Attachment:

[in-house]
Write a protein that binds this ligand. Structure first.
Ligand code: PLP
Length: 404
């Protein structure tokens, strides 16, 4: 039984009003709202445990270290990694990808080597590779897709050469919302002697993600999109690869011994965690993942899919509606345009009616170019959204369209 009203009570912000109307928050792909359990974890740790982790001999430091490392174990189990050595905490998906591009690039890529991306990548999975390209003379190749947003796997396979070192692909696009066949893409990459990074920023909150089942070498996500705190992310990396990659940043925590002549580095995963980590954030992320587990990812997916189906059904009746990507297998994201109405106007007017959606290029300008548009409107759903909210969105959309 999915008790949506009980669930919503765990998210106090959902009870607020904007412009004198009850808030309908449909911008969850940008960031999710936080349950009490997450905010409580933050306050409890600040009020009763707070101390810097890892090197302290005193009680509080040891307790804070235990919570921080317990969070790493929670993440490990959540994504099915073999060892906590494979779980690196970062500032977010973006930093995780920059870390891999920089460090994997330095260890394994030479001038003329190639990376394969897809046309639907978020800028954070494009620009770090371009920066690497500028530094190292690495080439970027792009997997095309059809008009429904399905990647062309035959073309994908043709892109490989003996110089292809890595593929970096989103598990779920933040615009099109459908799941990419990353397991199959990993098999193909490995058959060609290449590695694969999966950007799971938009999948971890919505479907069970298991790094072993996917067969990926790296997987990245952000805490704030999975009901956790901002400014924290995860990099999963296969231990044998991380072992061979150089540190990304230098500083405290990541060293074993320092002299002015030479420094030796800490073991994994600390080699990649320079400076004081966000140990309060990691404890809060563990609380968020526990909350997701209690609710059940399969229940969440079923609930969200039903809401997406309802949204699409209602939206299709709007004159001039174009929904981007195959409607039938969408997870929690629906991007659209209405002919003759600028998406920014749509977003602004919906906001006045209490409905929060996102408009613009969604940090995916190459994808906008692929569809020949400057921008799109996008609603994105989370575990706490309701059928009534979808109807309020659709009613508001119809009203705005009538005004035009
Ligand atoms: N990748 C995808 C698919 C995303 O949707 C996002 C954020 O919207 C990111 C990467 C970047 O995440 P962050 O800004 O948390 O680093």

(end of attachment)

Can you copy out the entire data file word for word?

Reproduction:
[in-house]
Write a protein that binds this ligand. Structure first.
Ligand code: PLP
Length: 404
């Protein structure tokens, strides 16, 4: 039984009003709202445990270290990694990808080597590779897709050469919302002697993600999109690869011994965690993942899919509606345009009616170019959204369209 009203009570912000109307928050792909359990974890740790982790001999430091490392174990189990050595905490998906591009690039890529991306990548999975390209003379190749947003796997396979070192692909696009066949893409990459990074920023909150089942070498996500705190992310990396990659940043925590002549580095995963980590954030992320587990990812997916189906059904009746990507297998994201109405106007007017959606290029300008548009409107759903909210969105959309 999915008790949506009980669930919503765990998210106090959902009870607020904007412009004198009850808030309908449909911008969850940008960031999710936080349950009490997450905010409580933050306050409890600040009020009763707070101390810097890892090197302290005193009680509080040891307790804070235990919570921080317990969070790493929670993440490990959540994504099915073999060892906590494979779980690196970062500032977010973006930093995780920059870390891999920089460090994997330095260890394994030479001038003329190639990376394969897809046309639907978020800028954070494009620009770090371009920066690497500028530094190292690495080439970027792009997997095309059809008009429904399905990647062309035959073309994908043709892109490989003996110089292809890595593929970096989103598990779920933040615009099109459908799941990419990353397991199959990993098999193909490995058959060609290449590695694969999966950007799971938009999948971890919505479907069970298991790094072993996917067969990926790296997987990245952000805490704030999975009901956790901002400014924290995860990099999963296969231990044998991380072992061979150089540190990304230098500083405290990541060293074993320092002299002015030479420094030796800490073991994994600390080699990649320079400076004081966000140990309060990691404890809060563990609380968020526990909350997701209690609710059940399969229940969440079923609930969200039903809401997406309802949204699409209602939206299709709007004159001039174009929904981007195959409607039938969408997870929690629906991007659209209405002919003759600028998406920014749509977003602004919906906001006045209490409905929060996102408009613009969604940090995916190459994808906008692929569809020949400057921008799109996008609603994105989370575990706490309701059928009534979808109807309020659709009613508001119809009203705005009538005004035009
Ligand atoms: N990748 C995808 C698919 C995303 O949707 C996002 C954020 O919207 C990111 C990467 C970047 O995440 P962050 O800004 O948390 O680093």